*CONTENT WARNING: DISORDERED EATING
Hey girl, it's your fellow fitness model, fitspo instagram girl, just finished my workout let me post an ab selfie (actually I don't take selfies like above anymore. Another blog coming soon), Amanda Adams. I want to sit down with you and chat. I'm going to speak to you the same way I would speak to my best friend or my sister. If you read my blog, Why Your Social Media May Be Ruining Your Self-Confidence, then you'll know where this is coming from. So if you're ready for some real talk, a good ol' sister moment, then here we go!
Fact: It's almost 2017. And we have major, worse than ever before, problems with body image, self-esteem, comparing ourselves to others, eating disorders, and body dysmorphic disorder.
I think we can all look at the research, and then also just what we observe in ourselves and in conversations in daily life, and agree that this is true. Well then it would be ridiculous for you and I, as "fitness inspirations," to think we have zero effect on the negative body images that women have around the world. (Check out this article if you want to see some research stats to back that statement.)
We’d have to either have our heads buried in the sand, or just be the least attentive people on the planet, if we didn’t realize that the images we post on social media can actually lower women's self esteem. It would be crazy for us not to realize that for every woman we motivate, there’s a woman who just got discouraged because of the gap between what we finely craft and curate for the internet as our “perfect, fit life” and what that woman actually experiences in her everyday life.
I personally think about every this every single day, and I go back and forth constantly checking myself about if I’m being truly inspirational by showing the entire picture of my life, or if by not wanting you to know I’m a hot mess and some days not wanting to be vulnerable, that I’m putting out a photo that actually contributes to some women’s biggest struggles.
Do you think about that too? Because you should. If you're in this health and fitness industry for the same reason I'm in it (you know, to actually encourage and motivate ALL women to be healthy and love themselves) then the fact that what you’re doing could actually be making things worse… that should destroy your heart.
So what do we do? What do we (you know, the people with the one body type that is getting praised right now in the media, but is actually not what the majority of women look like) do?
I'm hoping you will join me and next time you post an image of your abs or workout selfie, that you remind women that YOU are ONE example of what healthy and fit looks like. You are NOT the ONLY example of what strong looks like. You are only ONE example of what an active woman looks like. You are NOT the only version of what hot, healthy, strong, and fit looks like.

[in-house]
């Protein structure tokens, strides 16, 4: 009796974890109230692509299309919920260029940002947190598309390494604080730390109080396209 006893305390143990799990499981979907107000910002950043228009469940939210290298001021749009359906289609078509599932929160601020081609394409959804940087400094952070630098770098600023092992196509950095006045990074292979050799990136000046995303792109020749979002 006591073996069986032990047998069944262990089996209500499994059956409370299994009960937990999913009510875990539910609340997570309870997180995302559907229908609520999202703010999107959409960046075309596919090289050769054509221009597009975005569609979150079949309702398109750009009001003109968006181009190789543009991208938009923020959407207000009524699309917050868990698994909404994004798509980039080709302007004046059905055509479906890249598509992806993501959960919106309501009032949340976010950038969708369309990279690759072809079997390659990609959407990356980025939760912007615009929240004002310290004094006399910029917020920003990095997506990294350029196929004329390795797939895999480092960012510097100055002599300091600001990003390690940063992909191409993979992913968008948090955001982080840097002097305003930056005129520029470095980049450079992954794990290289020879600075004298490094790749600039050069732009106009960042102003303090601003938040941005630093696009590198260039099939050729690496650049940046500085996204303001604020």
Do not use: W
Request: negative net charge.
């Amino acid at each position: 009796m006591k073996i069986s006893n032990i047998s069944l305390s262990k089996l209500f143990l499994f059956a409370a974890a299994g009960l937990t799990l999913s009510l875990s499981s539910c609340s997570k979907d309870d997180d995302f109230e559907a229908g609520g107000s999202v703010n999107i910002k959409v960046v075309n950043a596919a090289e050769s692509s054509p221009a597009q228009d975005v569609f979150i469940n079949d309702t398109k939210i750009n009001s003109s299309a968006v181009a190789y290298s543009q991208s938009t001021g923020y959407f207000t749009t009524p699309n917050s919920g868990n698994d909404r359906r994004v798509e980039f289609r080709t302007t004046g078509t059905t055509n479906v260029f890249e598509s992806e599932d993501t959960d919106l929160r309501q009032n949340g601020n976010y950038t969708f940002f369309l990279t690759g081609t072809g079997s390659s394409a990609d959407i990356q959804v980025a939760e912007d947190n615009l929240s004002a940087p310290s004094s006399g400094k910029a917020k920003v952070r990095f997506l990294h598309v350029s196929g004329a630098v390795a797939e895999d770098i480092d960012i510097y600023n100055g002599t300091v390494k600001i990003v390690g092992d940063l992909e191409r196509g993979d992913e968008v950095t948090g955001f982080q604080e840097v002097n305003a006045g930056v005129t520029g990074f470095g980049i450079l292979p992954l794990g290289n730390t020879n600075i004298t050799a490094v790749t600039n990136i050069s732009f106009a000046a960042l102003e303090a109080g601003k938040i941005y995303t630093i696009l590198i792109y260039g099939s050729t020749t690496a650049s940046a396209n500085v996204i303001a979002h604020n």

And then go one step further by advocating for body diversity in the fitness industry.
You can do this in a big way if you have influence in the industry, but you can also do this in small ways by (1) publicly recognizing and praising other examples of healthy and fit behaviors from people who may not look like you, (2) encouraging people to follow other body types, and (3) being real with your audience about your struggles and your “less than picture perfect at all times” version of yourself, and (4) explaining what it really takes for you to maintain a model’s physique and refrain from putting that expectation on others.
Listen, I struggle daily with being a part of the solution and not the problem. Unfortunately, I’ve found the line between the two to be very thin. And although I may not have all the answers, I do know of a few small things that we can do to just start, and do something positive.
So if you’re a fitness model, “Instagram famous” or anyone’s “fitspo,” then I challenge you to get on board, start making some changes, and most importantly help start a discussion about body diversity in the fitness industry.
We’re better together, and change has to start somewhere. Why not us and why not now?
Amanda Adams, CPT
International fitness cover model, certified personal trainer, and co-founder of Hot & Healthy Habits. Without a whole lot of help, Amanda took a blog and her passion to make fitness and nutrition less confusing, and turned it into a thriving business with a social media following in the hundreds of thousands. Amanda is the Amy Poehler of the Hot & Healthy Habits team, and is a lover of margaritas, messy buns, and would rather use a GIF to explain herself!
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